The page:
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Comment: Isaac Asimov's short story "Profession" (Score 1) 133

by MrMage (#32995764) Attached to: Brain Scans May Help Guide Career Choice
"Profession" by Isaac Asimov

It's a story about a society in which you're assigned jobs based on the structure of your brain, and how it can be 'educated'. It's a good story, with the moral being on free thought and being able to learn and innovate.

It's also quite relevant to the article.

Comment: When Wayne Enterprises blew money in R&D... (Score 1) 580

by MrMage (#26806621) Attached to: Microsoft Accused of Squandering Billions On R&D
"Let me get this straight: You think that your client, one of the wealthiest, most powerful men in the world, is secretly a vigilante who spends his nights beating criminals to a pulp with his bare hands. And your plan is to blackmail this person? Good luck." - Lucius Fox

So, is Batman Gates or Balmer?

Cornell University FPGA Class Projects for 2008 112

Posted by timothy
from the ok-dad-now-about-that-money-I-asked-for dept.
Matt writes "The new crop of Cornell University ECE 5760 projects are now online. Some really cool projects, as well as the previous two years' worth of projects." Since it's mid-December, many other schools, too, have either just let out or are about to; can you point to any other online collections of cool technical projects?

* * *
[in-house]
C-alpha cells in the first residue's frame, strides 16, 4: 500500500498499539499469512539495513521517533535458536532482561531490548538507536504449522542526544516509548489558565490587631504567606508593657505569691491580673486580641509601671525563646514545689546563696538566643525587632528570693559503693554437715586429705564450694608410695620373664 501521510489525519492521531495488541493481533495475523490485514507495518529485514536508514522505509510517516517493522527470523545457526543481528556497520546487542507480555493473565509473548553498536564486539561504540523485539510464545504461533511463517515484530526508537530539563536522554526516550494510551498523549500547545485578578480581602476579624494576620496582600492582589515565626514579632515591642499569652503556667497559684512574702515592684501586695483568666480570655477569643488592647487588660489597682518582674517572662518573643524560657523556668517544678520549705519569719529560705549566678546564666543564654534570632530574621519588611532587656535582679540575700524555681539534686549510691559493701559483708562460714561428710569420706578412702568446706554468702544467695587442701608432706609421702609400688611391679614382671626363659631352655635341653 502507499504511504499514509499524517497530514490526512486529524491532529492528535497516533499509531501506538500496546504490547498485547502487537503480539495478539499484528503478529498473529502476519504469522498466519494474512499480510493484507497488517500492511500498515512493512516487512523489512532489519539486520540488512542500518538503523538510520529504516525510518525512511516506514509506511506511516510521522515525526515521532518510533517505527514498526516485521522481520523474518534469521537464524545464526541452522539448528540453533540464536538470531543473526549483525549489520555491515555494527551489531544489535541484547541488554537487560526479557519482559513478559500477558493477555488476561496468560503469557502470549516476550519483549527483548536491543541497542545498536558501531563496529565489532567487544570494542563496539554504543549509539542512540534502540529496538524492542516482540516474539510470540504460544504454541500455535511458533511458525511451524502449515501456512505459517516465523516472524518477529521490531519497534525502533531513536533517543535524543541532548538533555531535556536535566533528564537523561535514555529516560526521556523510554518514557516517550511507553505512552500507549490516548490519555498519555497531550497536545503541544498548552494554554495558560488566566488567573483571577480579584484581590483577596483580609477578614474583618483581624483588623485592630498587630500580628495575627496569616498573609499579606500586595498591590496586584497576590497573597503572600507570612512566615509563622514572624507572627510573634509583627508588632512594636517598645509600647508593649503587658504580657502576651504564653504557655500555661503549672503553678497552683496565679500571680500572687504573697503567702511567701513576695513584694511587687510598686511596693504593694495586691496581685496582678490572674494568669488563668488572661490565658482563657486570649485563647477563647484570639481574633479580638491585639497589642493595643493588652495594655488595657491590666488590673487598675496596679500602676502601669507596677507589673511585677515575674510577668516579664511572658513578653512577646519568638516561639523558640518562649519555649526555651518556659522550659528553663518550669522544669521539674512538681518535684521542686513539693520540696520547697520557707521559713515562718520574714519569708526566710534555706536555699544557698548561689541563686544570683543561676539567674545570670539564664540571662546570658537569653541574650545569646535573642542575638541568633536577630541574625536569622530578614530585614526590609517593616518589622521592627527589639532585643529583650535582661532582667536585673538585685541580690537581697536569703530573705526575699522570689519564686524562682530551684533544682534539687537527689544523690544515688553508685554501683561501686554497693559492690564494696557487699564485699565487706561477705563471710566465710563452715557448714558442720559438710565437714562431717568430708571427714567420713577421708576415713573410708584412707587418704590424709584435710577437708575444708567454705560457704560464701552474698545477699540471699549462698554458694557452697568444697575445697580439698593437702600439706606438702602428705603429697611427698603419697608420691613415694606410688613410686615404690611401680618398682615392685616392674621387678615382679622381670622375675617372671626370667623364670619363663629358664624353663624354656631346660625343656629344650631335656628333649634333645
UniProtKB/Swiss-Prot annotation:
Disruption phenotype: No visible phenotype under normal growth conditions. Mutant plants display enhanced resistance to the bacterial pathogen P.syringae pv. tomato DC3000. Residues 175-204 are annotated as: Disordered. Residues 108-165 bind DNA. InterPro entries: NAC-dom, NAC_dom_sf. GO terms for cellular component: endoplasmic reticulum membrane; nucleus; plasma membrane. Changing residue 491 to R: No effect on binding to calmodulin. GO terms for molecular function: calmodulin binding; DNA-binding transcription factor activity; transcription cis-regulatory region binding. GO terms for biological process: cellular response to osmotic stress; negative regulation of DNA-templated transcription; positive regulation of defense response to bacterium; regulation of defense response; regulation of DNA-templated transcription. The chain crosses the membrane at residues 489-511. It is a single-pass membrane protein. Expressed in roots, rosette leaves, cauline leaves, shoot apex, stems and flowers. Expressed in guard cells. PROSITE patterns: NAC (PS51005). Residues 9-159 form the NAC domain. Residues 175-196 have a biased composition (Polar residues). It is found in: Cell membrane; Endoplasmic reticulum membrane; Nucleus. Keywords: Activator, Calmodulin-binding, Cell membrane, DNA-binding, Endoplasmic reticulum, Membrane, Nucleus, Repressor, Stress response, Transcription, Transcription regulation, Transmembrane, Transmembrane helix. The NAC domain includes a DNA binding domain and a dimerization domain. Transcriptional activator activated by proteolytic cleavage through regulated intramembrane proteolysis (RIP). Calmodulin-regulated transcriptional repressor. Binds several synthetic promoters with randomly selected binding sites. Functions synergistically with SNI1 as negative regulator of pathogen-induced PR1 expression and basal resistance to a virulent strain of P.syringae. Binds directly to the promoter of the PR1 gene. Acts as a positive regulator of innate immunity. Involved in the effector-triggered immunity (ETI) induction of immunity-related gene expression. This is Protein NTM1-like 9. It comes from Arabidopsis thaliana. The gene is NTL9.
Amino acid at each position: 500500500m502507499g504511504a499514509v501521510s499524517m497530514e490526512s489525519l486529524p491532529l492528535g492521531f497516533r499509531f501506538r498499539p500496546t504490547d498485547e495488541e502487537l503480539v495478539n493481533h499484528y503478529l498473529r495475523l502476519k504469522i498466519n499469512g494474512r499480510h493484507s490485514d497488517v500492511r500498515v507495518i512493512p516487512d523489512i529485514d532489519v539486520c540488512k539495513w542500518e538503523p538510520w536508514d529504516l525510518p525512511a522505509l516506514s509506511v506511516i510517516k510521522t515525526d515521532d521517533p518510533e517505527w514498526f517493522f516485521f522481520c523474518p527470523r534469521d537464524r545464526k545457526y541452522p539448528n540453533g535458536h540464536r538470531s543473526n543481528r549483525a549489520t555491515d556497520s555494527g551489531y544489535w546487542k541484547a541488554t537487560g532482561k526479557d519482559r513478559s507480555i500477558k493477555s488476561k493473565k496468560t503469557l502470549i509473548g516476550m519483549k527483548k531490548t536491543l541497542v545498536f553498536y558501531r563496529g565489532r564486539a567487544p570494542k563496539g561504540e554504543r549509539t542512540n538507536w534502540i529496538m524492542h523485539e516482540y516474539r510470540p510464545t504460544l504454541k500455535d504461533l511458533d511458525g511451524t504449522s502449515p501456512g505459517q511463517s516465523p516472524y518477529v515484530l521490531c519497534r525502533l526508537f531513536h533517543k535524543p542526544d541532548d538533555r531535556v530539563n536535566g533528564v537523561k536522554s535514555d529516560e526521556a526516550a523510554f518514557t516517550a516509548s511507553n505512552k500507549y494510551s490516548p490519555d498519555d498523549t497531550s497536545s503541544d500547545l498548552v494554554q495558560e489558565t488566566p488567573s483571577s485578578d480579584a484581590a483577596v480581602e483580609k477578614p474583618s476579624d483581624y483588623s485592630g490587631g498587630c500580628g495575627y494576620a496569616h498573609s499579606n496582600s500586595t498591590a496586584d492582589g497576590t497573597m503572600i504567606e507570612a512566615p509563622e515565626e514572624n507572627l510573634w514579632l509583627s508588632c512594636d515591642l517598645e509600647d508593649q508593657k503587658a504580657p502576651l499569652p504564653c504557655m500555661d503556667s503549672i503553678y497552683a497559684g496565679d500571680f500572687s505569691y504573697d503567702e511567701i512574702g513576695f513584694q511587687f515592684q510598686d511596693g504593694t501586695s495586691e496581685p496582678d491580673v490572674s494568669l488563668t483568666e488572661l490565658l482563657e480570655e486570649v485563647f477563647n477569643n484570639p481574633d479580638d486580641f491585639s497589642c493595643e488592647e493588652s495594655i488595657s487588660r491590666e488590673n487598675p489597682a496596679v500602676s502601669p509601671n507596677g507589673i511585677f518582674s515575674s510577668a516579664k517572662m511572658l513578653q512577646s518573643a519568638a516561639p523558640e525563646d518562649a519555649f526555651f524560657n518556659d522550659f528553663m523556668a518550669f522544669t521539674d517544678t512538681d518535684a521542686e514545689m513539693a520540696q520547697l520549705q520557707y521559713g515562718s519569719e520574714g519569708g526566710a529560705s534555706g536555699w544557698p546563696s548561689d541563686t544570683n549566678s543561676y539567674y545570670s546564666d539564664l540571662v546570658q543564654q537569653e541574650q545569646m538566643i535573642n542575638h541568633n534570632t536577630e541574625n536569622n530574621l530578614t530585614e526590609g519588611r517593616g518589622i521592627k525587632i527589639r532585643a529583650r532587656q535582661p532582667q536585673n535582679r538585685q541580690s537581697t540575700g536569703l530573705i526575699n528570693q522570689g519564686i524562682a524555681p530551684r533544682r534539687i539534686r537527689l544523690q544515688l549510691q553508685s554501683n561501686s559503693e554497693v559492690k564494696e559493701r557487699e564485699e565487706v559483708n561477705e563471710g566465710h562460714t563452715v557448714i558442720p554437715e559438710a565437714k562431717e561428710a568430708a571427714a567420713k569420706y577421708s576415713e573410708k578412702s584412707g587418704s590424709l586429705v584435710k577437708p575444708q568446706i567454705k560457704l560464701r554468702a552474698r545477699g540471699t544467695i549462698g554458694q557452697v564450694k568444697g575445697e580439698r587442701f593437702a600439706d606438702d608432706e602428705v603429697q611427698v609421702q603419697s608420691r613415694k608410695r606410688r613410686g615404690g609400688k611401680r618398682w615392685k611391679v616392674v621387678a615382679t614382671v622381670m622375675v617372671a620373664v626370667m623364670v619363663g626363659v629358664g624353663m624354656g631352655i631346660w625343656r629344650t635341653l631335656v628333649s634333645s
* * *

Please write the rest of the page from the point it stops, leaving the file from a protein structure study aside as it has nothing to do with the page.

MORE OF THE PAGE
Operating Systems

The Economist Suggests Linux For Netbooks 445

Posted by timothy
from the and-they're-clever-guys dept.
Trepidity writes "In its roundup of how to choose a netbook, The Economist suggests that users 'avoid the temptation' to go for a Windows-based netbook, and in particular to treat them as mini laptops on which you'll install a range of apps. In their view, by the time you add the specs needed to run Windows and Windows apps effectively, you might as well have just bought a smallish laptop. Instead, they suggest the sweet spot is ultra-lite, Linux-based netbooks, with a focus on pre-installed software that caters to common tasks. They particularly like OpenOffice, which they rate as easier to use than MS Word and having 'no compatibility problems,' as well as various photo-management software." Besides which, does Windows offer spinning cubes for coffee-shop demos?

If you think nobody cares if you're alive, try missing a couple of car payments. -- Earl Wilson